Why I am fascinated with Aboriginal spirituality

On Tuesday, we heard a lecture from Australian scholar Mary Graham, who told us about the aboriginal perspective on life, the universe, and everything, basically.

Before now, I never had a reason to look far into this culture, or rather, a huge variety of cultures grouped under the catch-all designation of “aboriginal.” After Graham’s lecture, I was surprised at some of the beliefs and ways of life of the native Australian people.

Graham told us about their “dreaming,” a progressive, ever-changing collection of origin stories.

I was struck by the adaptive nature of the dreaming stories. Graham said, for an example, that there is an aboriginal origin story for Toyotas. She called it the Toyota Dreaming. People giggled, but Graham was serious.

“It is a fact, a thing that plays a role, so it has its own dreaming,” she said.


Torres Strait Islander artwork of a woven Toyota truck. Photo credit: Balnaves Foundation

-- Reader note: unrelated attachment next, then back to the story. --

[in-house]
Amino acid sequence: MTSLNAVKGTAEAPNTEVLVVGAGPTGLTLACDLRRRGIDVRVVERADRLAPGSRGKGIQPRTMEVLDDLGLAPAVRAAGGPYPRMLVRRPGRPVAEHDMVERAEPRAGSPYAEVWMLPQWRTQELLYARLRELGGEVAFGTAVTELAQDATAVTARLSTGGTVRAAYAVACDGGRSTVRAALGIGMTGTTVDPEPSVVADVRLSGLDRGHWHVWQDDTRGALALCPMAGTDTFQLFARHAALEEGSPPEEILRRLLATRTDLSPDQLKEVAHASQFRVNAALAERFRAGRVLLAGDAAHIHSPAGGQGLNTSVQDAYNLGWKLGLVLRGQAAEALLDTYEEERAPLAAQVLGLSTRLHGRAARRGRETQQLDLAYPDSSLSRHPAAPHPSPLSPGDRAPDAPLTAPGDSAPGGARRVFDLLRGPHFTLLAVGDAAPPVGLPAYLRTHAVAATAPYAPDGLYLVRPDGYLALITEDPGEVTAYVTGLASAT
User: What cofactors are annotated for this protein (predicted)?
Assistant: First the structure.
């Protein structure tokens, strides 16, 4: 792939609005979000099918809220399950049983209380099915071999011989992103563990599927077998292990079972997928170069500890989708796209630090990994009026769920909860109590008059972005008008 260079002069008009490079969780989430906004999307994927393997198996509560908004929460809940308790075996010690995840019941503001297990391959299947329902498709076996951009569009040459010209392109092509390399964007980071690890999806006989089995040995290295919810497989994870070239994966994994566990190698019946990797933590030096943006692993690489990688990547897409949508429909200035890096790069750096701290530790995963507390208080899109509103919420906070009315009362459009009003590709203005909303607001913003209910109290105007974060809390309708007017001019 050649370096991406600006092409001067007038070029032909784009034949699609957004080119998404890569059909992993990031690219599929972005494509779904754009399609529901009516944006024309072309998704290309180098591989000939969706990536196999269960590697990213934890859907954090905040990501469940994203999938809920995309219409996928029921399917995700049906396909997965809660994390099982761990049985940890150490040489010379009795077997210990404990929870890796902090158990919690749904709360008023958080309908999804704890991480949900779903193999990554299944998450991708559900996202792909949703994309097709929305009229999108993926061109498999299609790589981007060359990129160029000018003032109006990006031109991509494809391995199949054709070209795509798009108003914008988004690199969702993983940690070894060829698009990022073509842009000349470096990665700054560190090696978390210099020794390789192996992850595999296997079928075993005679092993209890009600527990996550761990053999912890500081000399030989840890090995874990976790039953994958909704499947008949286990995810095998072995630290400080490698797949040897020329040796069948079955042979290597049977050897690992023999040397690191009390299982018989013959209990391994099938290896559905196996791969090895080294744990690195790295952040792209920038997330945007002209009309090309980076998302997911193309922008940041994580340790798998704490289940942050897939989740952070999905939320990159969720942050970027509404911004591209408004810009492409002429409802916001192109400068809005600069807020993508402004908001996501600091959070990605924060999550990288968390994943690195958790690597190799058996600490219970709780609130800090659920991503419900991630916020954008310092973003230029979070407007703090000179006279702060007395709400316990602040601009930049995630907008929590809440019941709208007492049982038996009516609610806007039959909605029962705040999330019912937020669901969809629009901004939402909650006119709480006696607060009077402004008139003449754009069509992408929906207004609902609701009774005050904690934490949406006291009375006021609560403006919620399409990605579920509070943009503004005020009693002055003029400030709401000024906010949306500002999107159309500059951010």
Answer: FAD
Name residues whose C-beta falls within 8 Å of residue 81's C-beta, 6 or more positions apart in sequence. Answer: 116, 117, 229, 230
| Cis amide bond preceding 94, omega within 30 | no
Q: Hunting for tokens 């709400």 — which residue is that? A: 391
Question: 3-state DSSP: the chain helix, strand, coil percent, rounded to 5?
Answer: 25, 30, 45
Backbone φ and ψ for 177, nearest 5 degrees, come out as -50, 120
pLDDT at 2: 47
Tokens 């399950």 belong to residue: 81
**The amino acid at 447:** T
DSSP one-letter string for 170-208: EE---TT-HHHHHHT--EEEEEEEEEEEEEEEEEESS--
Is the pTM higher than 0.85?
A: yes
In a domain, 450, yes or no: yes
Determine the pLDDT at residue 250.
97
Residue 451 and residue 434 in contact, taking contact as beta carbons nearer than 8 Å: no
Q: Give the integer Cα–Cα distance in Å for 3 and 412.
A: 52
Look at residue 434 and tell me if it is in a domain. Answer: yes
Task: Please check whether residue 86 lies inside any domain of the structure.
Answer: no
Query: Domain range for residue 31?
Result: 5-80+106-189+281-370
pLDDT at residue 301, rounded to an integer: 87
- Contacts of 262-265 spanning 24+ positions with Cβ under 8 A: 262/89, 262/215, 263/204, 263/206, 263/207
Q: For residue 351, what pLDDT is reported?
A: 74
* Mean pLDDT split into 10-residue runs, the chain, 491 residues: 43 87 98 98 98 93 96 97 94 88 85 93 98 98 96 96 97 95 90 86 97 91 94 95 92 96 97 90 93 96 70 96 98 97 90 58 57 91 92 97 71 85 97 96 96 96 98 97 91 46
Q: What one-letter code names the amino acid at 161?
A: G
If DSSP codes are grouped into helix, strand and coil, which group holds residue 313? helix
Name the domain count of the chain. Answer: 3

I was fascinated by the aboriginal idea of adaptable spirituality, and how, while many religions base their beliefs on ancient, unchanging documents, the aboriginal people are constantly adding to and changing their stories to fit reality.

This acceptance of change shows in their view on the climate as well. While aboriginal people are currently working with the government to try and combat some of the negative effects of climate change, they are ultimately prepared to adapt to any changes that occur as a result of the rising temperatures.

“Change happens,” Graham said. “It is all taken into account.”

That is not to say that they don’t care about the effects of human-induced climate change on the environment.


Aboriginal Australians have been tending the land for thousands of years with varied practices including strategic burnings. Photo credit: Marina Kameny

According to Graham, the aboriginal people see their purpose as taking care of the land for their children. Instead of viewing land as something to be taken and exploited, they see themselves as part of it, firmly rooted in their sense of “place.” They are not opposed to change and development, but instead try to encourage good use of the land, instead of exploitation for profit.

I found many of the things Graham talked about extremely relatable and interesting, and, next week, when we travel to Carnarvon Gorge, a sacred place for many aboriginal people, I hope to learn more about these native peoples’ relationship with the environment.

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